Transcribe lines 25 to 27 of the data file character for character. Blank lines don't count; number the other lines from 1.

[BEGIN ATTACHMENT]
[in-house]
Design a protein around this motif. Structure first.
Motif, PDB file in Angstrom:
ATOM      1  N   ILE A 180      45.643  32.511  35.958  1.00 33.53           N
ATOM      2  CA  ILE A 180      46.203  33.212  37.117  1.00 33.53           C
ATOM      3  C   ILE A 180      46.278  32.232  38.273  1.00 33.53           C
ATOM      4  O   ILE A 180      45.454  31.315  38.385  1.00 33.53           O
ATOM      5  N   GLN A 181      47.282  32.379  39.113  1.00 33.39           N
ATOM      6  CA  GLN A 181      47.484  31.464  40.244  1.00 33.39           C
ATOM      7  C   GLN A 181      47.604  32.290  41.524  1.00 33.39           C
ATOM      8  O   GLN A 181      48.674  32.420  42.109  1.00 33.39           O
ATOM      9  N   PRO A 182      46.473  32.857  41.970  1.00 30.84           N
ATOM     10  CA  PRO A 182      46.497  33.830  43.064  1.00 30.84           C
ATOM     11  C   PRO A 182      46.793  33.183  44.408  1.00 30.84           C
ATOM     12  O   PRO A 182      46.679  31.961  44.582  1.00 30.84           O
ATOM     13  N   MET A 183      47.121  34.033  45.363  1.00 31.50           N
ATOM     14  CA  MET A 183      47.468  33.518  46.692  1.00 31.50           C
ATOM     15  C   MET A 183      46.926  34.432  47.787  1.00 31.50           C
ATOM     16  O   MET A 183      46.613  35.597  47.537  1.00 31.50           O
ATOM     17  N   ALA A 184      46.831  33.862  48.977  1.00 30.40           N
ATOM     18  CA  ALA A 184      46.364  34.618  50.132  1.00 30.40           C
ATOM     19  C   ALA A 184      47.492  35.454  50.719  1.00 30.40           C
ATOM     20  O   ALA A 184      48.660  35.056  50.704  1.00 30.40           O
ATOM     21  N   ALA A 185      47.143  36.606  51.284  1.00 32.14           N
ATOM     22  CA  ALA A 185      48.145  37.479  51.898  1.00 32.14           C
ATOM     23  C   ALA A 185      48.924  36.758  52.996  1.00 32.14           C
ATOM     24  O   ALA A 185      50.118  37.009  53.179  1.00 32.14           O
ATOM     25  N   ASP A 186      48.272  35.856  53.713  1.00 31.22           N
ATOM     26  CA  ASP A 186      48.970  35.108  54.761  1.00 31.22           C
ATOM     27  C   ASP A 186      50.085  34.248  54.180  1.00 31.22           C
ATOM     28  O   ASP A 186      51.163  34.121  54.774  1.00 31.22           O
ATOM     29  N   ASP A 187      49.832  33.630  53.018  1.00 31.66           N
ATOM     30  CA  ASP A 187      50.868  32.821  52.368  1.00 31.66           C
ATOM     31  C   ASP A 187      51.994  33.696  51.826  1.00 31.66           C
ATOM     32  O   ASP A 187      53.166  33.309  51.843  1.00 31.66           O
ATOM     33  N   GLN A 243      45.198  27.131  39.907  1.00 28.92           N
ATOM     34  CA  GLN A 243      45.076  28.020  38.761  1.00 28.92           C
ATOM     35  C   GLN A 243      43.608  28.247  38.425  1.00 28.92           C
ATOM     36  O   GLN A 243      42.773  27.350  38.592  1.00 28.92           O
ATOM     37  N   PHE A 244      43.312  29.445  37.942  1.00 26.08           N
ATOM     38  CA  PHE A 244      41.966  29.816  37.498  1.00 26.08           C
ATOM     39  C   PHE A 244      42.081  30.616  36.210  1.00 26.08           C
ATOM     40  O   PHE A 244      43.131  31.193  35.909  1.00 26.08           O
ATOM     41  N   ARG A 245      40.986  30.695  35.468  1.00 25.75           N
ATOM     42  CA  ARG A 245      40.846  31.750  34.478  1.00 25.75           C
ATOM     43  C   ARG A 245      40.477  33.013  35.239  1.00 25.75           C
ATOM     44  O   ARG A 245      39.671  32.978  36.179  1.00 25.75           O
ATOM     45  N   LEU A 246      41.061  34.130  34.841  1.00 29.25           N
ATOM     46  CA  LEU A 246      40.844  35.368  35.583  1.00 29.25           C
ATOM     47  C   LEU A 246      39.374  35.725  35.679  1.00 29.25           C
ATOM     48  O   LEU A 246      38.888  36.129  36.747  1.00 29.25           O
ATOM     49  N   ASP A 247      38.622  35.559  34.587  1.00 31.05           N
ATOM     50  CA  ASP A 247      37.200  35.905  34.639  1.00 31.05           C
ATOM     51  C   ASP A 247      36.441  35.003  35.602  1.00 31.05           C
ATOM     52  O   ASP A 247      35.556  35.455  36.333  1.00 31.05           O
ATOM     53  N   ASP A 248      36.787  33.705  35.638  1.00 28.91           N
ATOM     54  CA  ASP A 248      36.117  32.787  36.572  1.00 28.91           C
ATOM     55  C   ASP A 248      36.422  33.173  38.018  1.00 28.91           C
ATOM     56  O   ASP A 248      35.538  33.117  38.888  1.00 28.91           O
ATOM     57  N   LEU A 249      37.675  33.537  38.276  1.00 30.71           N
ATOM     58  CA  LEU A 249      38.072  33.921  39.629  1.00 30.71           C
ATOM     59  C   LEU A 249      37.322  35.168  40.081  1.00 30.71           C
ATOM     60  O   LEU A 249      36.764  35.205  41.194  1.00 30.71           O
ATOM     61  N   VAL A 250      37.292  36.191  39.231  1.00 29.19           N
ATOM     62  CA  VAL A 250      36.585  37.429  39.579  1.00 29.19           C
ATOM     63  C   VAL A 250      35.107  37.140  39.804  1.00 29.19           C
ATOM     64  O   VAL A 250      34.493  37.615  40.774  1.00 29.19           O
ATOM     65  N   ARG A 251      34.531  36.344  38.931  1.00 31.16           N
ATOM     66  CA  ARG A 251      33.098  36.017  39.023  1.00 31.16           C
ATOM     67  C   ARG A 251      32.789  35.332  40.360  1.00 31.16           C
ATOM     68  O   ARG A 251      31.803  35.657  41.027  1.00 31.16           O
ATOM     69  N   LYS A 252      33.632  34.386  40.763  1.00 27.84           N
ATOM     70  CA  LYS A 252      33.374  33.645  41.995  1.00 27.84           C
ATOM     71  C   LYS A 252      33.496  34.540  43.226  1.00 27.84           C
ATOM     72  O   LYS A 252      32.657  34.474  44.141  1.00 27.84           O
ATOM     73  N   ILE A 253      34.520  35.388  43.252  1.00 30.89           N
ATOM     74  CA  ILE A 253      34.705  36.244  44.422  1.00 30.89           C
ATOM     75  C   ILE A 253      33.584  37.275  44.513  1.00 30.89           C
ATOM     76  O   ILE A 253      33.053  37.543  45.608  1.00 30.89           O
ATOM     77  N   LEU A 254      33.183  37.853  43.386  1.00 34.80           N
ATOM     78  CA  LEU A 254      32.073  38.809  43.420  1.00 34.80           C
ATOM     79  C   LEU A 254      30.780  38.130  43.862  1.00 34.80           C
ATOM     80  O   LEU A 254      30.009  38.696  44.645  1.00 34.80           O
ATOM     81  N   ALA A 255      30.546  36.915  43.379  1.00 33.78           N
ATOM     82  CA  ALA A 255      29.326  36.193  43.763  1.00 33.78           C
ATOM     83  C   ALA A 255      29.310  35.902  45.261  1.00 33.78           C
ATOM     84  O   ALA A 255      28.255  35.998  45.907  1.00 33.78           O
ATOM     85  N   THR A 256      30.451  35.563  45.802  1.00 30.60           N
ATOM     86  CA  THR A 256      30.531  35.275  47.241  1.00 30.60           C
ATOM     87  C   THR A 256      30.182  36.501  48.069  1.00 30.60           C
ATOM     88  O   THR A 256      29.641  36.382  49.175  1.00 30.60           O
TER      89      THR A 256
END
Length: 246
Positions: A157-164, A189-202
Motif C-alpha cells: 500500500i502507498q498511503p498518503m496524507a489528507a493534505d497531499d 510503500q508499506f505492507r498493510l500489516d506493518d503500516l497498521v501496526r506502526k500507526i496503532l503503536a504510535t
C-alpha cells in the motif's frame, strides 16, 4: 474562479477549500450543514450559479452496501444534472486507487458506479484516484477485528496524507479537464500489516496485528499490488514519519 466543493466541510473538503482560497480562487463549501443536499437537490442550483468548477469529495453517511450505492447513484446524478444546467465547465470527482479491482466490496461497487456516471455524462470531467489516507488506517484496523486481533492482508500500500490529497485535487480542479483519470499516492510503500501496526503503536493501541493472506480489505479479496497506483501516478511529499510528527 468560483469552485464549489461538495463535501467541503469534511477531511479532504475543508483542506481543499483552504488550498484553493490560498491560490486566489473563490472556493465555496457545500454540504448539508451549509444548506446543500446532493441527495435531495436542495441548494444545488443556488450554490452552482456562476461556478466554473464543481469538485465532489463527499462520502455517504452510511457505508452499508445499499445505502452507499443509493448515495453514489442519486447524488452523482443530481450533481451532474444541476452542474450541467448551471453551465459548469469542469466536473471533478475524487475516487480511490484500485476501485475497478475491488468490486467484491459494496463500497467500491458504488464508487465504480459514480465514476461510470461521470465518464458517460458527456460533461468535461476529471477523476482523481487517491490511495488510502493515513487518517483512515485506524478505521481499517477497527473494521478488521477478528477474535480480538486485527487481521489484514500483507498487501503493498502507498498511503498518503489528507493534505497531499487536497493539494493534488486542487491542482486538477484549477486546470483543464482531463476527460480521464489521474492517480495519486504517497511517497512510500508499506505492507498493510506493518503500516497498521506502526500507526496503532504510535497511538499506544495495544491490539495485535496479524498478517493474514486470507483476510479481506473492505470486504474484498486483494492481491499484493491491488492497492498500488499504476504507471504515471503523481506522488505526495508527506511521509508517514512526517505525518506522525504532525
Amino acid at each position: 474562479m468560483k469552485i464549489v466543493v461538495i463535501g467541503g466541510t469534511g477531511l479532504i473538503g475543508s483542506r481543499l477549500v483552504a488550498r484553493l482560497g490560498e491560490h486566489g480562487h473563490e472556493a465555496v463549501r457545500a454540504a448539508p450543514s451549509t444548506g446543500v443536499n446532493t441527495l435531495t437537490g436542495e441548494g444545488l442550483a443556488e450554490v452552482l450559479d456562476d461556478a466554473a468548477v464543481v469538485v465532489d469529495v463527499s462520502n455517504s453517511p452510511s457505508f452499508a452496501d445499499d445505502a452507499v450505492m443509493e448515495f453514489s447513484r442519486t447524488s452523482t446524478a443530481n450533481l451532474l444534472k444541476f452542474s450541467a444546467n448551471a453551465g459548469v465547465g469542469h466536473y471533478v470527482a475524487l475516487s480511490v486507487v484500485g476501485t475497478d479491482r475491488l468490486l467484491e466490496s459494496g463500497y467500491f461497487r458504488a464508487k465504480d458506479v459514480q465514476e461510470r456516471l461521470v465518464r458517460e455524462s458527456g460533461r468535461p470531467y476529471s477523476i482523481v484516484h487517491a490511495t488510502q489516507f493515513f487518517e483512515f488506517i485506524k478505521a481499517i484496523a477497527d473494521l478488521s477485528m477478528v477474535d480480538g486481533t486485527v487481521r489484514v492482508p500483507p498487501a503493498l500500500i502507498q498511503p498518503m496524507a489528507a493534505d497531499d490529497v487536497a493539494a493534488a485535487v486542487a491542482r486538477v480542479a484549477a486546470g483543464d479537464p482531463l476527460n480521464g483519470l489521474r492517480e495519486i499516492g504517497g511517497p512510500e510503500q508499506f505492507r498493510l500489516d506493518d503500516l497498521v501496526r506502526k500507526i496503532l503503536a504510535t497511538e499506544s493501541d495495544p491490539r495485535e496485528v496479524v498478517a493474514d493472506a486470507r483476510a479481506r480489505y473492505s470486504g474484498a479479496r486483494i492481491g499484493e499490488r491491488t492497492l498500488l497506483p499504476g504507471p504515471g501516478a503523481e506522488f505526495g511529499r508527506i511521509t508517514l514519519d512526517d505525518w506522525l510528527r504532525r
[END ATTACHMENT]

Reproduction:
ATOM     22  CA  ALA A 185      48.145  37.479  51.898  1.00 32.14           C
ATOM     23  C   ALA A 185      48.924  36.758  52.996  1.00 32.14           C
ATOM     24  O   ALA A 185      50.118  37.009  53.179  1.00 32.14           O